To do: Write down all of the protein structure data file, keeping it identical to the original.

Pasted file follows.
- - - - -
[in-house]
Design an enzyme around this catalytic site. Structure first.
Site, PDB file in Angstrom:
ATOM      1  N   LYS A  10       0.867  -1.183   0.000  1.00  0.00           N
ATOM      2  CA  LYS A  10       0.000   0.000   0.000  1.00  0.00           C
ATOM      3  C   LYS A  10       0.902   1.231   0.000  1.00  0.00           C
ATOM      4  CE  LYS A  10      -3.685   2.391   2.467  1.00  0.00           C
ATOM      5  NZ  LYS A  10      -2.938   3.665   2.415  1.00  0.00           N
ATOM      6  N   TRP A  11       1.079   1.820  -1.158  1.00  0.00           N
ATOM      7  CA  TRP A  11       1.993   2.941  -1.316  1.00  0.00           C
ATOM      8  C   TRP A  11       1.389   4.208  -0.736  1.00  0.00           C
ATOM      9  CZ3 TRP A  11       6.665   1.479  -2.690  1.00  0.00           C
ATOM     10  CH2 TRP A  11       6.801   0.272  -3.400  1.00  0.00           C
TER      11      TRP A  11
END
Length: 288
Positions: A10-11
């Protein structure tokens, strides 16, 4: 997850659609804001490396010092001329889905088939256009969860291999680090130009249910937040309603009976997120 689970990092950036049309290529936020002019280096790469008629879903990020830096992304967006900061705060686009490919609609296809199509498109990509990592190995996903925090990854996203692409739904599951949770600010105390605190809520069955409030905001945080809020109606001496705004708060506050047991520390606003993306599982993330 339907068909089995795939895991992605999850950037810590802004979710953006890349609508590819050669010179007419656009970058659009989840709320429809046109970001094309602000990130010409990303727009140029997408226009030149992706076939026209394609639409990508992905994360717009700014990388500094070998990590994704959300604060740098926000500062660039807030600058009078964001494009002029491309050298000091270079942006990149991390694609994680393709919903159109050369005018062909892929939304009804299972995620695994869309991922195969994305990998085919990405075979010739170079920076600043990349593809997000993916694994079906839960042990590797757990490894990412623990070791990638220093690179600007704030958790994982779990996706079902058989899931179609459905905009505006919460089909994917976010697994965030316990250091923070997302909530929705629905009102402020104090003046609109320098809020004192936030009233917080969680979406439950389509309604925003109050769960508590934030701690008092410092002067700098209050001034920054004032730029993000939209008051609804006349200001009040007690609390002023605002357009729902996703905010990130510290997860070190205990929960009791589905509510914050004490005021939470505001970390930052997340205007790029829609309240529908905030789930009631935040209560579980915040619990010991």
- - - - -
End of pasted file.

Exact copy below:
[in-house]
Design an enzyme around this catalytic site. Structure first.
Site, PDB file in Angstrom:
ATOM      1  N   LYS A  10       0.867  -1.183   0.000  1.00  0.00           N
ATOM      2  CA  LYS A  10       0.000   0.000   0.000  1.00  0.00           C
ATOM      3  C   LYS A  10       0.902   1.231   0.000  1.00  0.00           C
ATOM      4  CE  LYS A  10      -3.685   2.391   2.467  1.00  0.00           C
ATOM      5  NZ  LYS A  10      -2.938   3.665   2.415  1.00  0.00           N
ATOM      6  N   TRP A  11       1.079   1.820  -1.158  1.00  0.00           N
ATOM      7  CA  TRP A  11       1.993   2.941  -1.316  1.00  0.00           C
ATOM      8  C   TRP A  11       1.389   4.208  -0.736  1.00  0.00           C
ATOM      9  CZ3 TRP A  11       6.665   1.479  -2.690  1.00  0.00           C
ATOM     10  CH2 TRP A  11       6.801   0.272  -3.400  1.00  0.00           C
TER      11      TRP A  11
END
Length: 288
Positions: A10-11
């Protein structure tokens, strides 16, 4: 997850659609804001490396010092001329889905088939256009969860291999680090130009249910937040309603009976997120 689970990092950036049309290529936020002019280096790469008629879903990020830096992304967006900061705060686009490919609609296809199509498109990509990592190995996903925090990854996203692409739904599951949770600010105390605190809520069955409030905001945080809020109606001496705004708060506050047991520390606003993306599982993330 339907068909089995795939895991992605999850950037810590802004979710953006890349609508590819050669010179007419656009970058659009989840709320429809046109970001094309602000990130010409990303727009140029997408226009030149992706076939026209394609639409990508992905994360717009700014990388500094070998990590994704959300604060740098926000500062660039807030600058009078964001494009002029491309050298000091270079942006990149991390694609994680393709919903159109050369005018062909892929939304009804299972995620695994869309991922195969994305990998085919990405075979010739170079920076600043990349593809997000993916694994079906839960042990590797757990490894990412623990070791990638220093690179600007704030958790994982779990996706079902058989899931179609459905905009505006919460089909994917976010697994965030316990250091923070997302909530929705629905009102402020104090003046609109320098809020004192936030009233917080969680979406439950389509309604925003109050769960508590934030701690008092410092002067700098209050001034920054004032730029993000939209008051609804006349200001009040007690609390002023605002357009729902996703905010990130510290997860070190205990929960009791589905509510914050004490005021939470505001970390930052997340205007790029829609309240529908905030789930009631935040209560579980915040619990010991």